Saint Paul Public Library – Arlington Hills Community Center
1200 Payne Avenue
Saint Paul, MN 55130
1st Friday of each month – noon (12:00 pm)

Saint Paul Public Library – Rondo Community Outreach Library
461 N. Dale St
Saint Paul, MN 55103
3rd Friday of each month – noon (12:00 pm)

A listing of all criminal expungement clinics in the metro area is on the VLN website here: https://www.vlnmn.org/ce

Expungement can remove significant barriers to employment and other areas, and assist non-incarcerated Minnesotans to secure employment, self-sufficiency and stability.






SRLN Story Map

The Ramsey County Law Library is one of many public law libraries that assist the self-represented litigants (SRLs) across the country.  Strengthening services and programs for SRLs are valued public law library goals.  The map displayed here is one of several that convey data regarding law library services to SRLs.  Comprehensive survey results, including graphical displays, contact information, and interactive “story maps” are available at this link: https://arcg.is/1LfmT5 

Hopefully, this survey research and analysis will expand SRL services among law libraries by demonstrating best practices for assisting SRLs.  The information also describes important law library services for stakeholders, advocates and the public.  The research was funded by a LexisNexis research grant.

Highlights of the 2019 survey that measured services to SRLs are listed below:

  • Over 70,500 SRLs are served by law libraries in a month
  • Top Five Services Offered by Libraries
    • 98% provide reference and research assistance and instruction;
    • 93% provide publicly accessible space;
    • 91% provide access to online court forms & instructions;
    • 68% offer referrals to social services agencies;
    • 68% create guides and pathfinders.
  • Top Five Technologies Offered by Librariea
    • 94% provide Internet access;
    • 93% provide computer access;
    • 89% provide a copier;
    • 86% provide WiFi;
    • 86% provide computer printing.  Most libraries charge a fee for photocopies (94%) and computer printing (86%).
  • 80% of law libraries have partnerships
    • 60% with courts;
    • 58% with legal aid groups;
    • 55% with bar associations;
    • 47% with public libraries.
  • 23% of law libraries have a self-help center in the library
  • 28% of law libraries have a limited advice clinic in the library
  • 6% of law libraries have an attorney on staff (not a librarian with a dual degree – library science and law—or a librarian with a law degree acting as a reference librarian).  This characteristic defines law libraries at the advanced level of service.
  • 26% of the U.S. population is within a 30-minute drive-time of a public law library that serves SRLs.
  • All (100%) libraries are within a 30-minute drive-time of some portion of low-income populations (defined as incomes below 125% of the Federal Poverty Level).

To learn more about services that county law libraries provide, come visit us on the 18th floor of the Ramsey County Courthouse, or view the full story map at the Self-Represented Litigants Networks website.


Addicted Lawyer

The Addicted Lawyer by Brian Cuban offers a personal expose about one attorney’s struggles with addiction.  Cuban describes the “secret life of Brian” which prevailed for too many years and prevented him from seeking help for his drinking/drug problems.  At a recent Ramsey County Bar CLE book talk on Cuban’s story, David Schultz (Hamline U. Professor of Political Science and U of M Professor of Law) led a   discussion about causes for addiction among lawyers.  He also remarked that the younger generation of lawyers is much smarter than their elder colleagues because they seek help.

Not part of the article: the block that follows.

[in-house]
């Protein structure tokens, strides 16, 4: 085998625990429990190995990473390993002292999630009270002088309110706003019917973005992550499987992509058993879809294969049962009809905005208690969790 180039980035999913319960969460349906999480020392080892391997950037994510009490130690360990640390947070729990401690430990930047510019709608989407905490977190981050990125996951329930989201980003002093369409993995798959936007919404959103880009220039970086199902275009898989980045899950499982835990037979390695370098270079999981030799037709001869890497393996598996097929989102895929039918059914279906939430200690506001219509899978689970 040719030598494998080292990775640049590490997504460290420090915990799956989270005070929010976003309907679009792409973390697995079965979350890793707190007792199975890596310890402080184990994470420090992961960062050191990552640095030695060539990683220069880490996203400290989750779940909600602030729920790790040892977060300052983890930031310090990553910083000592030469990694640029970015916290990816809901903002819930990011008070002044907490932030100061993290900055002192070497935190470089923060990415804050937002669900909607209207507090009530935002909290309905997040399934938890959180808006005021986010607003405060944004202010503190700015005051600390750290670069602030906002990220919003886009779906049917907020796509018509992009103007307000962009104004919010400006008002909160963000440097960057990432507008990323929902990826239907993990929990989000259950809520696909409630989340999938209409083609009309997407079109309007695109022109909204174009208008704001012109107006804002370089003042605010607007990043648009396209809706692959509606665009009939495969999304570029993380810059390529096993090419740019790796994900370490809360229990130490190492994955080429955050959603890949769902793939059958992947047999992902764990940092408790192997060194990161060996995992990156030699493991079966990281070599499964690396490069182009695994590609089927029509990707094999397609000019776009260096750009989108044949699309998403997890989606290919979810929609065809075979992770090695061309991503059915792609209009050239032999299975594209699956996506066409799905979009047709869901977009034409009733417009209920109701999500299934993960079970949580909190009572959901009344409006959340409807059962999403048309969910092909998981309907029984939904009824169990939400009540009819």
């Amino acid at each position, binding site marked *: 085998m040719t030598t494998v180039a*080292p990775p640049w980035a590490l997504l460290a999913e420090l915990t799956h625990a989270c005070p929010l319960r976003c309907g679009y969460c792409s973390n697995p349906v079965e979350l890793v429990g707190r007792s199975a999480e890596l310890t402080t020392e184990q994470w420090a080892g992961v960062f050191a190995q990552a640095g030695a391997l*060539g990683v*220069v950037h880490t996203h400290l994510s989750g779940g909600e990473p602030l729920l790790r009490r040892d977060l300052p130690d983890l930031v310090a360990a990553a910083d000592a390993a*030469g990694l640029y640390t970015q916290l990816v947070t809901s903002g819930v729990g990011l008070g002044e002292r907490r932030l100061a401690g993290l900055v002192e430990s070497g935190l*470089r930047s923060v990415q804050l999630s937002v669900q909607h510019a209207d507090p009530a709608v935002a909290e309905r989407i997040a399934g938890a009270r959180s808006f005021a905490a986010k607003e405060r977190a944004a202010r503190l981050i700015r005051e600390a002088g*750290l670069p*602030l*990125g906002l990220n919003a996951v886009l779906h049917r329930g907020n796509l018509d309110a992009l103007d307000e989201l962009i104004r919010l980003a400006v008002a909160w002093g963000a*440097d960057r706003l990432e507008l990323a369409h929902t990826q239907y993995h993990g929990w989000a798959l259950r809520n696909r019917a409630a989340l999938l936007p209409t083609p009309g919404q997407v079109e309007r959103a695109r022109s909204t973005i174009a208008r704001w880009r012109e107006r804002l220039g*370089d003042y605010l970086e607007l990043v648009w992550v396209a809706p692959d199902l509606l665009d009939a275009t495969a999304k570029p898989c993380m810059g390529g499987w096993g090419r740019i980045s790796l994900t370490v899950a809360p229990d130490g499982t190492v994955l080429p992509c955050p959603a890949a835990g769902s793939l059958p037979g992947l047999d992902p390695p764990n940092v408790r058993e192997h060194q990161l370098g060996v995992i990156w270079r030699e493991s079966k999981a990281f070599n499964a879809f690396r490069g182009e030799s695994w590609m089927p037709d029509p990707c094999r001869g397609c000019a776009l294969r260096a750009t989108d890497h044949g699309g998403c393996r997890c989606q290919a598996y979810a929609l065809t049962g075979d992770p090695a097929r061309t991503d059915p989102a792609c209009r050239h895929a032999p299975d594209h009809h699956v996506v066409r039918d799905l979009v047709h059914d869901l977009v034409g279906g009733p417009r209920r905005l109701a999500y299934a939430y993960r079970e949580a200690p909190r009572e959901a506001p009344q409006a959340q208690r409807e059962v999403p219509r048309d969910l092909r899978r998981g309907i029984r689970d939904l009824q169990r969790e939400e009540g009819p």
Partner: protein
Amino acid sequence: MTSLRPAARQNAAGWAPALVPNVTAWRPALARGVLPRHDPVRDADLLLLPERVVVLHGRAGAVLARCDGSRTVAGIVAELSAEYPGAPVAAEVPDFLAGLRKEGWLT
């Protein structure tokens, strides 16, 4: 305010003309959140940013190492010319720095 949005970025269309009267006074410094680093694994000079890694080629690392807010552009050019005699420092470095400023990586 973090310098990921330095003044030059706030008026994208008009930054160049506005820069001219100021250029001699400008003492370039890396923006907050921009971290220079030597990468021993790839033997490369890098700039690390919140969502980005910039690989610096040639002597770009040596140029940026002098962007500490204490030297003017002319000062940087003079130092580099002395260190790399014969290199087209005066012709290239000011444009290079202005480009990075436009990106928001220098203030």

This book explains what addiction looks like in the legal profession with its many stressors, causing lawyers to experience higher levels of anxiety, depression and problem drinking than in the general population.  In addition to Cuban’s excellent book, recent resources include the following:

  1. Cuban’s book references a landmark study that examined the high incidence of addiction among attorneys,   The Prevalence of Substance Use and Other Mental Health Concerns Among American Attorneys  Krill, Patrick R. JD, LLM; Johnson, Ryan MA; Albert, Linda MSSW), Journal of Addiction Medicine: January/February 2016 – Volume 10 – Issue 1 – p 46–52.  This study was conducted by the Hazelden Betty Ford Foundation and the ABA’s Commission on Lawyer Assistance Programs; it confirmed “a substantial level of behavioral health problems among attorneys and revealed cause for great public concern.” (p. viii)
  2. The Path to Lawyer Well-Being: Practical Recommendations for Positive Change (2017) is the result of a study by the National Task Force on Lawyer Well-Being.  It found that between 21 and 36 percent of attorneys qualify as problem drinkers.  The study concluded that collectively, small steps can lead to transformative change, especially in a demanding profession.  It also focuses on ways to facilitate, destigmatize, and encourage help-seeking behaviors.
  3. At the highest level, Minnesota’s legal community has provided a response to the addiction problem among attorneys with the 2019 “Call to Action” summit hosted by the Minnesota Supreme Court. The summit presented plans for various legal entities—In-House Counsel, Large Law Firms, Public Lawyers, and Solo and Small Firms.